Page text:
A team of engineers at a in Carnegie Mellon University’s College of Engineering are investigating how to develop reliable, nanoscale mechanical switches, also called nanorelays, that will be as small as modern solid-state switches.
“Our goal is to build mechanical switches the size of a DNA molecule,” says Carnegie Mellon researcher Gianluca Piazza. “To do so, we are using a material that undergoes a phase transformation and expands by 10% when heated. That is about the same volume change water undergoes when it freezes. This transformation generates enough force and displacements to bridge nanometer-scale gaps and form good electrical contacts.”
The electronics industry could use these small mechanical switches to replace—or at least provide an alternative to—solid-state switches. Although solid-state switches are extremely reliable, they can’t get much smaller. Plus, they tend to leak current even when they are supposed to be “off.” Consequently, energy efficiency has decreased as solid-state switches have gotten smaller. With digital circuitry so widespread, the total amount of energy wasted by these switches is said to be huge.
While most wall light switches are the same size and been manufactured the same way they were 50 years ago, solid-state versions have shrunk by a factor of 1 million over the same time period, letting billions of them be used on computer chips.
The advantage of mechanical switches is they open and close a physical gap, preventing current leaks. However, mechanical switches are about 10,000 times larger than solid-state switches, even when using processes like those used to make solid-state batteries. They are also much less reliable than their solid-state counterparts.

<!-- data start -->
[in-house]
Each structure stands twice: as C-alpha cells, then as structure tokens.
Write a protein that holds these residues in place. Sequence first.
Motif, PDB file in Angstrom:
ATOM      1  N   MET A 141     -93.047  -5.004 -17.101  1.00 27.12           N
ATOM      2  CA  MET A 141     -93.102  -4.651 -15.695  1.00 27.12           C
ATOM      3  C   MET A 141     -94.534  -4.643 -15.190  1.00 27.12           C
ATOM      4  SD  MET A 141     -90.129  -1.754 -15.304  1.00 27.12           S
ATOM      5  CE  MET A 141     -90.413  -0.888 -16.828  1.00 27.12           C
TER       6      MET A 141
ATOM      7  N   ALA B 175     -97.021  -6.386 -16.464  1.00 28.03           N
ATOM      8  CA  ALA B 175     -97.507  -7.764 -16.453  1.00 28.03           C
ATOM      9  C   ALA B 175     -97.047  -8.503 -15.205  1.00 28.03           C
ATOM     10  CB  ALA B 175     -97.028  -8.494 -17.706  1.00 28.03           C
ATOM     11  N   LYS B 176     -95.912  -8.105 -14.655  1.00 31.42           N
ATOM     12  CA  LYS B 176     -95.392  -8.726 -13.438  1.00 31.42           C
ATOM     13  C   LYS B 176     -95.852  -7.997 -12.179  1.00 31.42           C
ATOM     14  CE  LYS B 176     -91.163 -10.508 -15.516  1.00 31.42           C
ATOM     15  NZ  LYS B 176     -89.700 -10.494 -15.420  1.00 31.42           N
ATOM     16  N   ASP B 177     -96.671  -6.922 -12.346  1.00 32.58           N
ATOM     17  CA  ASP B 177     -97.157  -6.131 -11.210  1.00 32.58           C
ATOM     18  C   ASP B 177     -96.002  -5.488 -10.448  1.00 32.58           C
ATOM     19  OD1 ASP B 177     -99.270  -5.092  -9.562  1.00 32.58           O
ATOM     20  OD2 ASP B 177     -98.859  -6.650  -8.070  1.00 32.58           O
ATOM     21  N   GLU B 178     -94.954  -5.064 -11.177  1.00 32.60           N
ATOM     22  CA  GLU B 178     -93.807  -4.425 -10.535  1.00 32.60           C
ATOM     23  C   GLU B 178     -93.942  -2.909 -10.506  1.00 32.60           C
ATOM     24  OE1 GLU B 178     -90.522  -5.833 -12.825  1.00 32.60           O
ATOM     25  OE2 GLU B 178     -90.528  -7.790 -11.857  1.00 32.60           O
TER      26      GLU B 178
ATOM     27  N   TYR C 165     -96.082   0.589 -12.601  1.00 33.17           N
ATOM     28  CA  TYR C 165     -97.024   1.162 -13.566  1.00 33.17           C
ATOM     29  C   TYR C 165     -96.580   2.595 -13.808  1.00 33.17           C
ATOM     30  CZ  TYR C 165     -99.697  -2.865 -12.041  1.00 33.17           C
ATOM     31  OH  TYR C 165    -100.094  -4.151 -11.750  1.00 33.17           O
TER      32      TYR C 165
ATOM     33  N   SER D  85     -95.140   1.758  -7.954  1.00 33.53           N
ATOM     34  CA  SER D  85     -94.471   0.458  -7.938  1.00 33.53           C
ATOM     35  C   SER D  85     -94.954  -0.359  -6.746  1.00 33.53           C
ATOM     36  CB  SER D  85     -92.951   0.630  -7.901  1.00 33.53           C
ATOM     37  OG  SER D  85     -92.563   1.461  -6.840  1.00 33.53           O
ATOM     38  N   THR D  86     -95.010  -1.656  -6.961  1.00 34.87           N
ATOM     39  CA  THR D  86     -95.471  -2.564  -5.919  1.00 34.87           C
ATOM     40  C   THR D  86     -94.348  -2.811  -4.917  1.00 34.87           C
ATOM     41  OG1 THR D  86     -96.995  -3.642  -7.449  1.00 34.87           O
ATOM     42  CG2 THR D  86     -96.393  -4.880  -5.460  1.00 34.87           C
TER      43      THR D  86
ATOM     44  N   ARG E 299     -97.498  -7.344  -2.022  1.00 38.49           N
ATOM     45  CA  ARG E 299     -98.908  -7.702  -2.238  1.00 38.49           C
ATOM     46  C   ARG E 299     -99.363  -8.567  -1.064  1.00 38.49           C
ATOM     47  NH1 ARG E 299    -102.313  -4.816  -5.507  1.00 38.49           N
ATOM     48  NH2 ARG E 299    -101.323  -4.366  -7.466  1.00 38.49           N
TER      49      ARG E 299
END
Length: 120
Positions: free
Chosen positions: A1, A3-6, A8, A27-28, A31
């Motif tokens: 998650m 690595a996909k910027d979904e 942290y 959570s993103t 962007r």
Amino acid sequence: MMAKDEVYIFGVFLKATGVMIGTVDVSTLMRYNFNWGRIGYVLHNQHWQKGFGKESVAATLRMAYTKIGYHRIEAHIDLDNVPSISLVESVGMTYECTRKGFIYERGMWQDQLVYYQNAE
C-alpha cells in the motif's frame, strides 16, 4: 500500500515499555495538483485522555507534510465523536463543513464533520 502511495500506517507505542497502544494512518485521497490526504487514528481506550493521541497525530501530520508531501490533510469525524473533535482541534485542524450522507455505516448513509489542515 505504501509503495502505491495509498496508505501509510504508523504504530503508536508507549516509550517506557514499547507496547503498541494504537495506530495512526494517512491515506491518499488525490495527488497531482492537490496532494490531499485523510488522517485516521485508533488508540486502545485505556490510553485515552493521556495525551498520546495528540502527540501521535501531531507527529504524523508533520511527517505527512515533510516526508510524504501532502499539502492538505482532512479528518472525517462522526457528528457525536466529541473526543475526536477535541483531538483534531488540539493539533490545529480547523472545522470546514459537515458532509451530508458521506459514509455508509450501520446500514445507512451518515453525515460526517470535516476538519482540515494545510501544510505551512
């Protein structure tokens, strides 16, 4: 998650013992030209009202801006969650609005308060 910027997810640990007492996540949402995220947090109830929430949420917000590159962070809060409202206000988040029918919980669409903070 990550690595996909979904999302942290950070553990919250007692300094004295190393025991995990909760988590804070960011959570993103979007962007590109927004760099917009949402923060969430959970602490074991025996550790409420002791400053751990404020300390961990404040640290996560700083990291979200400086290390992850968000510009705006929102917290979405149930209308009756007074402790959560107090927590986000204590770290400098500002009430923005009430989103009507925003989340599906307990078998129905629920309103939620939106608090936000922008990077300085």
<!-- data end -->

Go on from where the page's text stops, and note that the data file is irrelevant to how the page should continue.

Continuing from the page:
“Although simple in concept, the physics in a mechanical switch interface is complex, and interdisciplinary challenges must be addressed,” says Maarten de Boer, a mechanical engineering professor at Carnegie Mellon. “Due to a small degree of surface roughness, the mechanical stresses at the contacting surfaces are near the limit of what materials can tolerate.
“Hydrocarbons from the atmosphere can accumulate at the interface and increase electrical resistance,” he adds. “The surfaces can become sticky and the switch may no longer open…We will explore oxides to address these issues.”
The researchers have already devised a scalable device architecture that works at microscale. The next steps are to extend this architecture to the nanoscale and to increase the cycle counts. If successful, the team expects the results to be used in a range of electronic devices used for data storage, computing and the Internet of Things.